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  • David Crews


Updated: Apr 26, 2022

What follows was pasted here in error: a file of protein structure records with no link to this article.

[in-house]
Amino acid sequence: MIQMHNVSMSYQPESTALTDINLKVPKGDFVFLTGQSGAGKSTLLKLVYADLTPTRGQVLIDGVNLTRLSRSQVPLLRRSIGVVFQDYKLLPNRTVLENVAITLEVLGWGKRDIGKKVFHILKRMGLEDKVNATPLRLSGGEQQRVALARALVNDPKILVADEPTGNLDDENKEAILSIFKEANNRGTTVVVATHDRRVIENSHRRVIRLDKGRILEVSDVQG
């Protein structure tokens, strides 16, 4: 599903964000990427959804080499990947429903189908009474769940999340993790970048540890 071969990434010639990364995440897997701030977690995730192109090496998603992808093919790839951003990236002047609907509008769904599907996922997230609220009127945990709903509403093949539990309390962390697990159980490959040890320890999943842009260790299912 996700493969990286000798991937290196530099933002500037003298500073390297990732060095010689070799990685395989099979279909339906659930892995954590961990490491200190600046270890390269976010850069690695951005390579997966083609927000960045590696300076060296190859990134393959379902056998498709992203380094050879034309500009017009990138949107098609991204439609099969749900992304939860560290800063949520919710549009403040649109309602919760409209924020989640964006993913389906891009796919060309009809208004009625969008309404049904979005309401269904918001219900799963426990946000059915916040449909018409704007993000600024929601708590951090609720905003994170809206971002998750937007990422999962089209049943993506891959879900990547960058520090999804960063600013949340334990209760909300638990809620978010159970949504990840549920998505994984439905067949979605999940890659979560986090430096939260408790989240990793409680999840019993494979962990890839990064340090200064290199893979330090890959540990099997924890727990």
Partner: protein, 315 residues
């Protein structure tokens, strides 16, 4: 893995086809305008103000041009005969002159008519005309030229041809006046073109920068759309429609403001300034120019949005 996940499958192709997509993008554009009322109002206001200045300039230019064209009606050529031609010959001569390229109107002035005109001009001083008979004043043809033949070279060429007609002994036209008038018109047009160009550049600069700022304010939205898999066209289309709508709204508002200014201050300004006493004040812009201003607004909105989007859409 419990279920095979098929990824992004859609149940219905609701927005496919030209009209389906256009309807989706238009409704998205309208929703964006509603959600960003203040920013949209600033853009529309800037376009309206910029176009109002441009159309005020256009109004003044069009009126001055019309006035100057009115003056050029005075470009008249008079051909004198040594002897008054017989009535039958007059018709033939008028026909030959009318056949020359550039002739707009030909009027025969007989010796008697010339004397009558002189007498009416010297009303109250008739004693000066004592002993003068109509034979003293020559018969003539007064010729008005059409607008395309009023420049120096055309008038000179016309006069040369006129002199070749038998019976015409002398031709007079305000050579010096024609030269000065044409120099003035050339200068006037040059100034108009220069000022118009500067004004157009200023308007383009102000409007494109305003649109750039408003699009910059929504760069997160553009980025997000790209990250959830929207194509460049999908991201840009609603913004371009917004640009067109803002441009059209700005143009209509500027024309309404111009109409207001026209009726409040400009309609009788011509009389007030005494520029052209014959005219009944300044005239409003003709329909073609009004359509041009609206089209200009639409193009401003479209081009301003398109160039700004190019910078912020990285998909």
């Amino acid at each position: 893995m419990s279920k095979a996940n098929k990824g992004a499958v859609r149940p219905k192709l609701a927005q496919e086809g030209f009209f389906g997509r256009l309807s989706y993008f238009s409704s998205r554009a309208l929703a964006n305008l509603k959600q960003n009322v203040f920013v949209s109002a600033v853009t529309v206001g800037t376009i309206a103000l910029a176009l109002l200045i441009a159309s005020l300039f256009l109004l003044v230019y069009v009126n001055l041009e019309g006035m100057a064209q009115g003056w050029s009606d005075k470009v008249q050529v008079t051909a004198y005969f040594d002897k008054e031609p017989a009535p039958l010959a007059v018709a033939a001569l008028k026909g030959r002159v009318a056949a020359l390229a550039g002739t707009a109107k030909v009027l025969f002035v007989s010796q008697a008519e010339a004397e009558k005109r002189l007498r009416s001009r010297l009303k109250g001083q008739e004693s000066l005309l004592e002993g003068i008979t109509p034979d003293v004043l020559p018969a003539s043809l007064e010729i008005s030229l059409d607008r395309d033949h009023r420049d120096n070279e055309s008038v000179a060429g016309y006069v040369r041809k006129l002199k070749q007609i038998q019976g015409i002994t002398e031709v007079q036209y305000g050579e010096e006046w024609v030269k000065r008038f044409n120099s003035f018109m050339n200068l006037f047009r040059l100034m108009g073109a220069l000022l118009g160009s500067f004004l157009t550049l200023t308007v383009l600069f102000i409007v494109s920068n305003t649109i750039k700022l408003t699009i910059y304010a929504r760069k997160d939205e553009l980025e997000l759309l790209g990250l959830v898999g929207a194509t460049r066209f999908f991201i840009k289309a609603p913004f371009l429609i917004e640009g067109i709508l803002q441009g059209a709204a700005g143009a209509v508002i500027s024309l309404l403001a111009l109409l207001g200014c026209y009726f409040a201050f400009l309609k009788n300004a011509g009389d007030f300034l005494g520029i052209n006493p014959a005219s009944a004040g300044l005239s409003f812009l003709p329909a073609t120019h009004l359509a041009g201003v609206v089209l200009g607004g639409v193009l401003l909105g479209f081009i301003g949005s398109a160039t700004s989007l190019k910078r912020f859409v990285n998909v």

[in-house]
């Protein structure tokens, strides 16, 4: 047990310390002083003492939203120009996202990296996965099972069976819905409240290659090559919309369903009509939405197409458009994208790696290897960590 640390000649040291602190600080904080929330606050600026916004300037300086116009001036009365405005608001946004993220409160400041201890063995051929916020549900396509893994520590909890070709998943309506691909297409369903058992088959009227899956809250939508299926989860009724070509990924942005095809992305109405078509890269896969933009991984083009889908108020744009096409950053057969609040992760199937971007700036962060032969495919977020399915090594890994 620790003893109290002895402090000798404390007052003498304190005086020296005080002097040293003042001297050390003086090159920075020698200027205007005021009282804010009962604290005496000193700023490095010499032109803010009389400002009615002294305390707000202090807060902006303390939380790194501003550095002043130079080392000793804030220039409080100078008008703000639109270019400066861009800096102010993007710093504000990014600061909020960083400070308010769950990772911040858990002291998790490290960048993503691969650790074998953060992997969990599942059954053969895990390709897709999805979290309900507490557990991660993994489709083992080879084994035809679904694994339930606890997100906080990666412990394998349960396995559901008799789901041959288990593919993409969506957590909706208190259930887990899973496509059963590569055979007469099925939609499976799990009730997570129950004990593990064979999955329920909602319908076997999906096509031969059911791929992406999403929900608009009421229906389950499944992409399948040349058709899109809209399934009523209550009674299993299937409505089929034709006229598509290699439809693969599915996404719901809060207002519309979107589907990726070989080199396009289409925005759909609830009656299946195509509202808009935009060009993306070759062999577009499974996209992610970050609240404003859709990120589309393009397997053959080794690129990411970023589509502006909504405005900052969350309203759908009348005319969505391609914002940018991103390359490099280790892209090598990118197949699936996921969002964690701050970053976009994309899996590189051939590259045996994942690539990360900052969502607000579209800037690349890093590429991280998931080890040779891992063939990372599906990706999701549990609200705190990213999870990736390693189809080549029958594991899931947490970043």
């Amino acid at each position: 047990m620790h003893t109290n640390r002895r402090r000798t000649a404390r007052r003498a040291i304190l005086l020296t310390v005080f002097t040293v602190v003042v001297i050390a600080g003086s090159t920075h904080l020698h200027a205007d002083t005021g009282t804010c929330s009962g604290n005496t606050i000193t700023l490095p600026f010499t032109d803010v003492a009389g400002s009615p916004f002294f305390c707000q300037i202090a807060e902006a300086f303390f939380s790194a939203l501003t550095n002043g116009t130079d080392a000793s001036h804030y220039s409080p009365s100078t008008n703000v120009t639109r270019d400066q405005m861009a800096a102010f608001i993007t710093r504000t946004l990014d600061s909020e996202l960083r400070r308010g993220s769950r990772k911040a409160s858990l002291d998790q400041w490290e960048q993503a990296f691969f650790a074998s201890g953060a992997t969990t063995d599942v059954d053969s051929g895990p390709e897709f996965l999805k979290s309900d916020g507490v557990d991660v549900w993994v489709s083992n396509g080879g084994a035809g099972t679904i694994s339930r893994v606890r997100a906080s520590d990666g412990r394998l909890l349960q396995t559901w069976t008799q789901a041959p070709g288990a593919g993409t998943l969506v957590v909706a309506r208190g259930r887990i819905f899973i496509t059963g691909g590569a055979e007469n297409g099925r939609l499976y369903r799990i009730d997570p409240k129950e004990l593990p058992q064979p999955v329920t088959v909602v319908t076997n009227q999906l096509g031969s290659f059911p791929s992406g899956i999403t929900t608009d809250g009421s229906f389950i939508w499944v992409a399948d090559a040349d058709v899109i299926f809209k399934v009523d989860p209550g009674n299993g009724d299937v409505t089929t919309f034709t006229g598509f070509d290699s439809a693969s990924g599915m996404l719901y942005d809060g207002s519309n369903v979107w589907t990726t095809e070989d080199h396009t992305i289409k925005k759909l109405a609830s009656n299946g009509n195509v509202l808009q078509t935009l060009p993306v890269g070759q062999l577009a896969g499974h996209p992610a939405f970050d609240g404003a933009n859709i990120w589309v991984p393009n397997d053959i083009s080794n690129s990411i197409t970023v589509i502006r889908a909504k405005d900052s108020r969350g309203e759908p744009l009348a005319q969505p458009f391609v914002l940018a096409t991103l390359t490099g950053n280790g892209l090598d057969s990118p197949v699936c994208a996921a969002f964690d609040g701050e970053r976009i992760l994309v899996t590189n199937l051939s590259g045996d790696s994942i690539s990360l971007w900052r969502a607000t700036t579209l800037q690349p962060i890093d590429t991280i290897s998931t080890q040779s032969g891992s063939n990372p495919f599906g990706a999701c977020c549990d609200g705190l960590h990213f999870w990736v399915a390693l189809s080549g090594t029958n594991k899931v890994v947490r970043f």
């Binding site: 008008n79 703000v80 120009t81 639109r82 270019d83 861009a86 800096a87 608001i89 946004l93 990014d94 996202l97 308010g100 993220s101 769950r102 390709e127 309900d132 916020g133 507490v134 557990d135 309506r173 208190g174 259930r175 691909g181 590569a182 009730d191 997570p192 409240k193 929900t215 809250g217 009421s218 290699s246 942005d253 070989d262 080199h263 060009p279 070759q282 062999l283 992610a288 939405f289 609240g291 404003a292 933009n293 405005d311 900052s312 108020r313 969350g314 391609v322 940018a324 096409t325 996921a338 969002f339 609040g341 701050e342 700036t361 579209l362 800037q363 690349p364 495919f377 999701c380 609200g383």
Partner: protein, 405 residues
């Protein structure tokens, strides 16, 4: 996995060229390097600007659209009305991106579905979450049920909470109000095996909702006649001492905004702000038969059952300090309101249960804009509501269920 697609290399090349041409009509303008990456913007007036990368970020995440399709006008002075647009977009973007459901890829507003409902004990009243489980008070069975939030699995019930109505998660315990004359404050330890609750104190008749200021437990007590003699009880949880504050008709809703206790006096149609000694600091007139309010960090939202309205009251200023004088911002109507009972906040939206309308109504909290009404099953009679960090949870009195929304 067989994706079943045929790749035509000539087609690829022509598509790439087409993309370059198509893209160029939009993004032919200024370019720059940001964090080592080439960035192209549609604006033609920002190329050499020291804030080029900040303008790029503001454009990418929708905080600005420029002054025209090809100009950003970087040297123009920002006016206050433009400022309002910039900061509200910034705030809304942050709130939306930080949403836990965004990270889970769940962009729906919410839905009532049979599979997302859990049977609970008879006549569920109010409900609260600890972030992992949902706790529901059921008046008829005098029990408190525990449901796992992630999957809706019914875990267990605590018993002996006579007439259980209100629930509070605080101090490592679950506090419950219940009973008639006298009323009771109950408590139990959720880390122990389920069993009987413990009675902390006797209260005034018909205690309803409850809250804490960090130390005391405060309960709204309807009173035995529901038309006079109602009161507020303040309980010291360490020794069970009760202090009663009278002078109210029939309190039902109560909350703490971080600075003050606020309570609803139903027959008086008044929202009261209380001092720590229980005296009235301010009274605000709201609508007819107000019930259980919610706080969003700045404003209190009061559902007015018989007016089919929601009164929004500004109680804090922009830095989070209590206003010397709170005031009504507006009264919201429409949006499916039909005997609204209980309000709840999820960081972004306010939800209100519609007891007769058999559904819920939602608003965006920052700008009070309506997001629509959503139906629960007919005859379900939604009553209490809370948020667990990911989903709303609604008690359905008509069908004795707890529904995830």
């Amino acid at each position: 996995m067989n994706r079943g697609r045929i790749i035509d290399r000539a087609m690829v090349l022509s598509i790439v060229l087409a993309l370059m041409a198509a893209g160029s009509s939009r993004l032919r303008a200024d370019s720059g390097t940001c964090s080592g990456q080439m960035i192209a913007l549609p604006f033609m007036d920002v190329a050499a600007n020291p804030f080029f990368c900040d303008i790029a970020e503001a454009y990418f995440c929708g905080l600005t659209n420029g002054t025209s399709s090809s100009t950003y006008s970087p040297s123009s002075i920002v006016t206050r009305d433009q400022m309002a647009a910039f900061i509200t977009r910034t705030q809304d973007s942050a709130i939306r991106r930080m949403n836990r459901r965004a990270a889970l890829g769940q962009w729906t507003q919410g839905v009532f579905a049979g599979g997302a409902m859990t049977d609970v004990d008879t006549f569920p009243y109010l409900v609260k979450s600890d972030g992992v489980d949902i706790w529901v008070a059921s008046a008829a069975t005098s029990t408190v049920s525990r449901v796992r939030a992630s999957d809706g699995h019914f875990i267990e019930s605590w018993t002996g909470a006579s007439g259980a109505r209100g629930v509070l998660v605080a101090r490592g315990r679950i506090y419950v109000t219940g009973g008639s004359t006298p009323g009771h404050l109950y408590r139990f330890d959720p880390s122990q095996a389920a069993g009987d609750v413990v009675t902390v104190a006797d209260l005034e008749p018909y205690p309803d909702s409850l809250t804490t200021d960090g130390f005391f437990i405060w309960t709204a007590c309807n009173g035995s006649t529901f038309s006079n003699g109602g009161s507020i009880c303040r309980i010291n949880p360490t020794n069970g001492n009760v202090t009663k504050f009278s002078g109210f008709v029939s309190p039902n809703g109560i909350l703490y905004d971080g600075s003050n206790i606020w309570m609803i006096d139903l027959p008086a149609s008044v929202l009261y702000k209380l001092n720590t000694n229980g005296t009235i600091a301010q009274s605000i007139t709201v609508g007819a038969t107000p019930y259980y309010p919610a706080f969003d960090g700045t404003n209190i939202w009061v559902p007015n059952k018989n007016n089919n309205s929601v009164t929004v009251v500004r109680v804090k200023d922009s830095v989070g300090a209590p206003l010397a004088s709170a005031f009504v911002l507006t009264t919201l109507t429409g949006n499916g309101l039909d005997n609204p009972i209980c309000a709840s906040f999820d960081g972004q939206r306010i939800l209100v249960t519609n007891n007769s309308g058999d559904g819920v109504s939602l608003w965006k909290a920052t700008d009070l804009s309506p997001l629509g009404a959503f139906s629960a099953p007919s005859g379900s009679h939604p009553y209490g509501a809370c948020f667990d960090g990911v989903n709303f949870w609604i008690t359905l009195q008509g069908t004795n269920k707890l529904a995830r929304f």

Honey bees are vital to our every day way of life. As polinators they are responsible for aiding in the production of 1/3 of all of the food we eat. Without them, life on earth would be very different. And not in a good way. Fortunately they are plentiful, hardy and they steadily reproduce in order to preserve the species. This reproduction results in swarms being cast off of a hive where a large number of bees along with a queen bee leave their home hive and set out to find a new location to set up a new hive. Often humans see this activity and associate it with danger, either seeing a large cloud of bees flying around in an area resembling a smoke cloud circling or as a bundle of bees all balled up in one location, like a limb of a tree or hjanging off of a mailbox. Neither of these conditions are dangerous unless the person does something stupid. This is where a little knowledge can be helpful. Honey bees typically only sting in defense of their hive. After stinging something, they die. Since a swarm does not have a hive to defend, they are generally very passive and are not out to sting you. However, disturbing them or attacking them, such as swatting them or spraying them with something will trigger their defense mechanism and will cause some to get aggressive. SO DON'T SWAT, AND DON'T SPRAY. If you are scared of them, just walk away to a safe distance. When it comes to a ball of bees or a hive in your home where bees are flying in and out through some opening, spraying them with the idea that you are going to somehow "get rid" of them is a terrible idea. And fruitless at best. As a swarm, a huge ball of bees, there can be as many as 5,000 or as many as 25,000 in this ball. Trying to spray them with something will most likely just trigger their defense mechanism and turn what was a beautiful ball of very passive bees into an angry cloud of hostile little warriors intent on stinging everything in sight, and conjure up images of an apocalyptic nightmare. Spraying bees that are flying around an opening in your house thinking you are accomplishing something positive is completely false. First, what you see on the outside is only a small fraction of whats actually already inside. Remember that swarm you saw in a ball that had 25,000 bees in it, that's what's inside now. Also spraying the workers outside weakens the hive and could cause it to die off INSIDE your house which is not desirable either. A large swarm of bees has the equivilant bio mass as a raccoon or small dog. You don't want that dead and rotting in your walls or over your ceiling. Having a healthy, clean hive is what you want when you get a qualified expert to come remove them. So, never spray honey bees. Call an expert to deal with them and continue to enjoy all of the benefits that our awesome friends, the honey bee provide.

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